This Saturday, on the first of December, the town will expand from being a riverside burg to a major metropolis. Some 100,000 people are expected to come into town for the Christmas Festival. The day will be filled with all manner of family entertainment, and the night will be filled with lights. Folks who have been to the festival in the past have told me that there are times when you are literally man-to-man-to-man, standing shoulder to shoulder in the majesty of the light show. But every one of them says it's something they wouldn't miss for the world.

And it continues on through the month of December. There's always a Candlelight Tour of Homes the second and third week of the month, and of course festivities throughout.

Interested in going? Better check out the details first. You can find more information about the Festival of Lights at the Natchitoches Area Convention & Visitor's Bureau website or call them at (800) 259-1714.

And it's part of a bigger neat event -- the Holiday Trail of Lights. Six towns -- Jefferson, Marshall, and Kilgore, Texas and Shreveport-Bossier City, along with Natchitoches, participate. Check out all the info at the website.

Wednesday, November 28, 2007

Things you may have wondered.

Most websites have a Frequently Asked Question section. Me? Well, I haven't really been around to have been asked frequently about anything. But there are some things you may have wondered.


Why "Tie Dye Travels?"
To those who know me, that may be patently obvious. To those who don't, the explanation. I've always had a streak of wanderlust, and I have no problem with jumping in the car and driving a couple of hours, just to satisfy my curiosity. Add in my wardrobe (an eclectic blend between bohemian and tie-dye), and there you go.


Where do you get your ideas?
Mostly from word-of-mouth and my own dusty memory. I love to share stories, and I love to listen to them, too. Invariably, when someone finds out what I'm doing, they have a suggestion right off the bat. I don't follow up on every suggestion (there's a certain place that begins with an "H" that I'm trying to avoid) but I do give them a listen.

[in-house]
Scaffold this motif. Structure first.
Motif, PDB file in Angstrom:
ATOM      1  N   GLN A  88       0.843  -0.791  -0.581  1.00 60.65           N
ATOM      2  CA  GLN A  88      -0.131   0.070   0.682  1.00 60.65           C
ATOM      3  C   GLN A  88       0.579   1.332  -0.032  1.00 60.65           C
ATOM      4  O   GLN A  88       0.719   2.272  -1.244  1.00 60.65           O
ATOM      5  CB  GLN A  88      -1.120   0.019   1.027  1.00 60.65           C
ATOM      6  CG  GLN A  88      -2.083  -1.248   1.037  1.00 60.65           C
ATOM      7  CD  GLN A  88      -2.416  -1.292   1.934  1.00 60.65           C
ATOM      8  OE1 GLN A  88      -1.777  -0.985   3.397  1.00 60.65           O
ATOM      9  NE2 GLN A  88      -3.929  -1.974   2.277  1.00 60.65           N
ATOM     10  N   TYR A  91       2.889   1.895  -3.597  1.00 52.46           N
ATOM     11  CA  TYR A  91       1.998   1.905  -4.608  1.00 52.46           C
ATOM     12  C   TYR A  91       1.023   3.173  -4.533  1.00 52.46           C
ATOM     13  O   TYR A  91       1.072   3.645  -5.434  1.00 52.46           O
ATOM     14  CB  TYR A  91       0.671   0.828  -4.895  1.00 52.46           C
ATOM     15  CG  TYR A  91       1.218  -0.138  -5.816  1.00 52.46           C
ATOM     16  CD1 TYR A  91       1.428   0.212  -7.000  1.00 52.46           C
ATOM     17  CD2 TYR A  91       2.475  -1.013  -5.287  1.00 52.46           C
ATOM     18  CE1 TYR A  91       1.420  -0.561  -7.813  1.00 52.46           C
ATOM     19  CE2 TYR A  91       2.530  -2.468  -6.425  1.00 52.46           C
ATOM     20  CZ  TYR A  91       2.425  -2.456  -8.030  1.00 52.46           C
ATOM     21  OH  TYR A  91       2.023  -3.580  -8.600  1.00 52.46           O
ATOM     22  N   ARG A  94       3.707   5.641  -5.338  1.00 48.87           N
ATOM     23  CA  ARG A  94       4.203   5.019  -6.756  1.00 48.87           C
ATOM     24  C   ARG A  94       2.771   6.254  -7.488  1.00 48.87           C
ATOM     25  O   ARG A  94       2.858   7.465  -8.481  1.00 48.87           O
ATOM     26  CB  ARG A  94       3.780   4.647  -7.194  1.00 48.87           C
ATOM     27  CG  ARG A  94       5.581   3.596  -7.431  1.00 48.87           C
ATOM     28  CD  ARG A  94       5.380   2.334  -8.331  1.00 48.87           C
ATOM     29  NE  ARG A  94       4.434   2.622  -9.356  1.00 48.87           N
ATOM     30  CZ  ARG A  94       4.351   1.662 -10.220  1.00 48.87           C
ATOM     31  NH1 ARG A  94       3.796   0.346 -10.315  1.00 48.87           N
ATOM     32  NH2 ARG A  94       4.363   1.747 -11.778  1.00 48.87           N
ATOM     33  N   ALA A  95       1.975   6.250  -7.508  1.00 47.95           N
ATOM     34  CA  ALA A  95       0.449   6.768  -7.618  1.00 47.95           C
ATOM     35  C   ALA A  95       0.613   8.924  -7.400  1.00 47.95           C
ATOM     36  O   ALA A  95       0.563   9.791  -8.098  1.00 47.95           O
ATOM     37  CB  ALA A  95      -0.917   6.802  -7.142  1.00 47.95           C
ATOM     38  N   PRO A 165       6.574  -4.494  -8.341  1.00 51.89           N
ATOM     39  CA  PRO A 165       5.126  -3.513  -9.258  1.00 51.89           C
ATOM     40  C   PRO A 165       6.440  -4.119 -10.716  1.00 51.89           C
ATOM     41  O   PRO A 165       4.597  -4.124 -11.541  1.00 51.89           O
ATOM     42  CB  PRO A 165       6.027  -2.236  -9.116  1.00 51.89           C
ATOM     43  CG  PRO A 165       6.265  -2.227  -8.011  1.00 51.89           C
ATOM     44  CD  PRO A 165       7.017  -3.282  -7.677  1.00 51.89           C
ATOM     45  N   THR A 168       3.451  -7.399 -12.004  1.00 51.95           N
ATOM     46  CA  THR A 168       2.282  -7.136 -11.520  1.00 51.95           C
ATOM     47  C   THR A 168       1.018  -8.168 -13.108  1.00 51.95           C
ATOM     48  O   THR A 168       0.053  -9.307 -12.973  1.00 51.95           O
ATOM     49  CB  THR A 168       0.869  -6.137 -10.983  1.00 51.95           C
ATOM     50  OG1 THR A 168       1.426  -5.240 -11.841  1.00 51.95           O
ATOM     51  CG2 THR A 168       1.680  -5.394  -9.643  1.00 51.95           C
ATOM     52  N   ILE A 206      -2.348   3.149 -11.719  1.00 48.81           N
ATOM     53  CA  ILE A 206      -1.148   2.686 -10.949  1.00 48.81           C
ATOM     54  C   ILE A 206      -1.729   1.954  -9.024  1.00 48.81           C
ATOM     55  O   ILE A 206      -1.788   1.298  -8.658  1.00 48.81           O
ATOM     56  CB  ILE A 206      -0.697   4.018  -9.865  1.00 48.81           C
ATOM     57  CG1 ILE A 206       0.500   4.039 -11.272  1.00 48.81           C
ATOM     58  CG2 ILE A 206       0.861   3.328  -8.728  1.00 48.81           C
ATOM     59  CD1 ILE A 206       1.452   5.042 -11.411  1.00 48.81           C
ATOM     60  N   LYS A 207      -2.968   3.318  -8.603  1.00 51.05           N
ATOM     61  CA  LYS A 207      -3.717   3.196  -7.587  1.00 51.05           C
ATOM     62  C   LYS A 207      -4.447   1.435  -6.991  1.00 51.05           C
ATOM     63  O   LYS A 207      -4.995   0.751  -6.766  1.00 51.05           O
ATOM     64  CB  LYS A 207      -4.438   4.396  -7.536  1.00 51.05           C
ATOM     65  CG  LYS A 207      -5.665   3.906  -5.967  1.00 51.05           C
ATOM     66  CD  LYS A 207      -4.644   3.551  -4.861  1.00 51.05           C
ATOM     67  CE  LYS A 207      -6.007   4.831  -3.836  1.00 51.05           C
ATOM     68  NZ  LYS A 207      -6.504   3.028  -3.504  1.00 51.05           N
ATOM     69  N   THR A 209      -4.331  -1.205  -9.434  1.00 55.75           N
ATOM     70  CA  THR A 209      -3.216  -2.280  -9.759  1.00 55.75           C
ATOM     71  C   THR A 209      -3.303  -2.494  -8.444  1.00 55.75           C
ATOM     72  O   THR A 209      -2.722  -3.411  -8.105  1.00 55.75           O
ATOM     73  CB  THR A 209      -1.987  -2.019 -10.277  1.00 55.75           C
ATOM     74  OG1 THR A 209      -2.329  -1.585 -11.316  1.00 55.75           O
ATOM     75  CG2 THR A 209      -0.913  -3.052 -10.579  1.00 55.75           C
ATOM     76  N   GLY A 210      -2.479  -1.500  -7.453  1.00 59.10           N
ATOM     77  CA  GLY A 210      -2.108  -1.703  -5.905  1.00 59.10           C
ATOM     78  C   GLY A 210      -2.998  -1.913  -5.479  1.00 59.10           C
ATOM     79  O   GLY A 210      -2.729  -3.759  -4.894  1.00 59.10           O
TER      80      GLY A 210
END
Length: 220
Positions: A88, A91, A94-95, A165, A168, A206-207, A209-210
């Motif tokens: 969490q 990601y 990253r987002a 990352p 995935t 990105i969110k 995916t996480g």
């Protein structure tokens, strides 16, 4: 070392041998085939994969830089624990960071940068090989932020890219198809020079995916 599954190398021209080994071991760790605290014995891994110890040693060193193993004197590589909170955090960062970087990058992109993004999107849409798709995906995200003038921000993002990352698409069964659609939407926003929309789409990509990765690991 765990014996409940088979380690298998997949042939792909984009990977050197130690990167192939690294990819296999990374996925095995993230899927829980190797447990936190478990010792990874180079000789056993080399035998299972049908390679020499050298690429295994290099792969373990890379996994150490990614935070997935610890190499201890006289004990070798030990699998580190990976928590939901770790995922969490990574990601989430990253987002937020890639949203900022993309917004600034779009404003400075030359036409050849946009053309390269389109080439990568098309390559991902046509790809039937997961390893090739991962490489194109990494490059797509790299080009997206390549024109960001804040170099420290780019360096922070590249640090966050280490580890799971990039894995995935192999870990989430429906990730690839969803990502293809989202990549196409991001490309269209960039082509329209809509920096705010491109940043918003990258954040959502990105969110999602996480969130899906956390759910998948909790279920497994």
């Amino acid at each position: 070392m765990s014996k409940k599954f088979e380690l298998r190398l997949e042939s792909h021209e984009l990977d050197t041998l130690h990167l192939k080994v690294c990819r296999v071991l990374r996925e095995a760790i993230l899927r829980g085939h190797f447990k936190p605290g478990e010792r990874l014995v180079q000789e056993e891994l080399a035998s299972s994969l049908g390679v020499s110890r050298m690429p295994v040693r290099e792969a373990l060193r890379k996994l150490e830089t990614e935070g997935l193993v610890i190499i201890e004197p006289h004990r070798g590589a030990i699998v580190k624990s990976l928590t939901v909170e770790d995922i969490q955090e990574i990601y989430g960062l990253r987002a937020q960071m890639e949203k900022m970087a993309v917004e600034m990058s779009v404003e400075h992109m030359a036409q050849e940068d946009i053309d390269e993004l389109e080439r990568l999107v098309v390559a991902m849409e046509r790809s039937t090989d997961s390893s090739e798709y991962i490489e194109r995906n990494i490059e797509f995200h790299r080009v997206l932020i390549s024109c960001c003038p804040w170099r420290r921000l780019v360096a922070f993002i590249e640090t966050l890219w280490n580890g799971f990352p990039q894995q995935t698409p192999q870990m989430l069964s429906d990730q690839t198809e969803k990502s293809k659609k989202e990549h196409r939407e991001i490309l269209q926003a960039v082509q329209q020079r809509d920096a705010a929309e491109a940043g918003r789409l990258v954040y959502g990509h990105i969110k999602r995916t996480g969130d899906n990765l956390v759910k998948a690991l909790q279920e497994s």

Why don't you tell people you're coming for a review?
I worked as a television news producer for approximately 11 years of my adult life. I found that, if I mentioned what I did for a living, that people usually changed their tune and did things differently from normal. That's not my gig. I want to share with people the way things are without the "oh, you're here to write a review!" attitude.

On top of that, the review biz can be a bit polarizing as well. Being identified as a media member can sometimes lead one to a rapid exit... not everyone is willing to share their secrets. The only secrets I'm really willing to reveal to the general public is that secret dish that you don't see advertised in the paper.


Just who are you, anyway?
I'm Arkansas Tech University alumnus and a member of the 1991 Parkview Magnet High School class (and yes, I did know Kevin Brockmeier back in the day, and no I'm not surprised he's a novelist now, and yes it'd be cool to talk to him, and no I don't know his phone number). I have a score of letters on my resume -- letters like KXRJ, KABF, KARN, and KAIT. I spent eight years producing Today's THV This Morning before my leap of faith into the writers' world in September 2007. I have a fantastic husband, Paul, who's been extremely supportive through my decision to leave television on what is unarguably a shaky career move. I also have a Great Dane in his ancient years (11) who's great at interrupting my online storytelling (he likes to come up and lay his head on my keyboard).


What are you hoping to accomplish here?
Well, a lot of things. On the selfish side, it'd be super if someone who reads this blog decided to hire me as a writer for their publication. I love to write -- and, what a coincidence, it happens to be what I do for a living. But more than that -- I'm hoping to share my love of Arkansas, the South, and the road with others. That, and I love to tell stories about the places I've been.


Can I reprint your articles?